That is, they are for those who can afford any health care at all.

        This isn’t true. If there is a significant market of people who don’t make a lot of money, the insurance industry will adjust and offer products that fall in that price range. Will those products come with the bells and whistles of a more expensive product? Surly not. But if the argument is that medical bills shouldn’t bankrupt people, then the market is already providing such services.

        you should not use an arguement that suggests you are for the elimination of the US Post Office, which is implied in your analogy. Medicare would be a much better example.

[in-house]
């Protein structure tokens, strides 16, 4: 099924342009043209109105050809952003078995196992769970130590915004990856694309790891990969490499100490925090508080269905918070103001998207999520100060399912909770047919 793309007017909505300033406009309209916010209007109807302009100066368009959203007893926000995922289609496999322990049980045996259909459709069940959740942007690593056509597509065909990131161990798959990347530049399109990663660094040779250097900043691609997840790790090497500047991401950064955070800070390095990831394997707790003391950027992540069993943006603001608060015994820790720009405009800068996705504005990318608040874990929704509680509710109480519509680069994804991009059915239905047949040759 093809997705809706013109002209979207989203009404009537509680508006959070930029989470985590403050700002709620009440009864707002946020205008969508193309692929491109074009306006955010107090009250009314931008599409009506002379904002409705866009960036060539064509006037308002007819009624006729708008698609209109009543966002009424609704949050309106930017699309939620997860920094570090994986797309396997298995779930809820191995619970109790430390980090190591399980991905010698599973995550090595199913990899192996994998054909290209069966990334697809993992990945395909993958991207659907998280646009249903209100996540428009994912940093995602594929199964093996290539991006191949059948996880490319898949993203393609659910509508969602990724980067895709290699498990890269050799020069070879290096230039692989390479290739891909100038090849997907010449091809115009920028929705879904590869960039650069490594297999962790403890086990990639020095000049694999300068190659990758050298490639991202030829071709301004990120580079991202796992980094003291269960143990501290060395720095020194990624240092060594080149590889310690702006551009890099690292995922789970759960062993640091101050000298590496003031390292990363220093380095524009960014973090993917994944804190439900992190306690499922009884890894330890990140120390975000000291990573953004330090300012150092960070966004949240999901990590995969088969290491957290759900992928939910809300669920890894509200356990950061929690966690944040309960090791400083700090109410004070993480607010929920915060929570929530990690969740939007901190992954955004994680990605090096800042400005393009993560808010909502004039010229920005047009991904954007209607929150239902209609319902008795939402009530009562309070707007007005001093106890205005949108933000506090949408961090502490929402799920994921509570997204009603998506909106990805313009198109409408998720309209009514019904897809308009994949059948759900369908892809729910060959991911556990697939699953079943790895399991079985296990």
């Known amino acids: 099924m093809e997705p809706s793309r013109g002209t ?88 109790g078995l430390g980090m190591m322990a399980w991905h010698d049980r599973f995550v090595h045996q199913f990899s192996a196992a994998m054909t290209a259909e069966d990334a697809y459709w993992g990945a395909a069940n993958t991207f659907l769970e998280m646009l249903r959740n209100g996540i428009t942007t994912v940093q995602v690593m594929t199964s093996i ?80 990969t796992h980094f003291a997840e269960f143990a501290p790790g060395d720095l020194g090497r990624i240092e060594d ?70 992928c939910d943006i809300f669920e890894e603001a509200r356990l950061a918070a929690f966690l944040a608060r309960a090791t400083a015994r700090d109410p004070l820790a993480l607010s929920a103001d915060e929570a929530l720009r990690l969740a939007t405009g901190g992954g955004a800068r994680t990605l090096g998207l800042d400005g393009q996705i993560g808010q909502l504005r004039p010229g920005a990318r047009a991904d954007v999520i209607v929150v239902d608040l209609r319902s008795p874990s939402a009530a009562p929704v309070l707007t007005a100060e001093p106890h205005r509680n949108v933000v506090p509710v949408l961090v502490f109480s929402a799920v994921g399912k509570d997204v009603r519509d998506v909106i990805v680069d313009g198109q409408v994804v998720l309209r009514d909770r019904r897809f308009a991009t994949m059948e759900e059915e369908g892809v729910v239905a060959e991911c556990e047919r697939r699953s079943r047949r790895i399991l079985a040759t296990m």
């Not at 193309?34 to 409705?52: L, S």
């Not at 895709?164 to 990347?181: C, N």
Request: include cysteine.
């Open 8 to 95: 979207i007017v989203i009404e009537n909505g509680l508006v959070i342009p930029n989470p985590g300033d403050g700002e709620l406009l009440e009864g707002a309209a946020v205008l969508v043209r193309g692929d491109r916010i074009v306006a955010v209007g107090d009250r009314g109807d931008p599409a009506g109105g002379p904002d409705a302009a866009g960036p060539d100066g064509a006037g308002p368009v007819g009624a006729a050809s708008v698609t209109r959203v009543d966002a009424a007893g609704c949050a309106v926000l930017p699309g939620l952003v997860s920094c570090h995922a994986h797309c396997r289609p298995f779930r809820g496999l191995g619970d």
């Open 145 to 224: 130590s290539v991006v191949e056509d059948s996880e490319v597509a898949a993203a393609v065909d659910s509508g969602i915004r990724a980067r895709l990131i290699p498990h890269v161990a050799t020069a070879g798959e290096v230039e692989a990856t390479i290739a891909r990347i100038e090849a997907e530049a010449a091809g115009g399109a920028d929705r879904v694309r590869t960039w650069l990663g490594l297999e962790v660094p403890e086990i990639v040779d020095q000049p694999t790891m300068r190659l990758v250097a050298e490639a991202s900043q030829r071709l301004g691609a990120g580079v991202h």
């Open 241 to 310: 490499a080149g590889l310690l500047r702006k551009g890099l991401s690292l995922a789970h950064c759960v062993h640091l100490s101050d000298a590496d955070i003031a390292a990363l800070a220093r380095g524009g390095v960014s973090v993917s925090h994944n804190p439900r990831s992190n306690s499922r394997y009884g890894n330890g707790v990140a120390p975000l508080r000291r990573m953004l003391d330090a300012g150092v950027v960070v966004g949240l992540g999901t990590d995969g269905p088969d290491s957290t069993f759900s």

I disagree. The post office offers an excellent service. A letter sent from here to there for about $0.47 or whatever. The problem is that it costs the Post Office much much more than that to actually deliver the letter. They simply can’t make a profit; and we suffer because of it.

        Medicare would be a much better example.

        Yes. Medicare is another example of where the government is unable to run a business. It is horribly corrupt, subject to fraud and abuse and loses TONS of money every year. We should get rid of it as well.

  3. Absolutely true, the left gets themselves worked into a tizzy if a right leaning person uses something like this as a political move and then they turn around and do the same thing. Shame on Olbermann.

    An Informed Mind
    Purveyor of An Informed Blog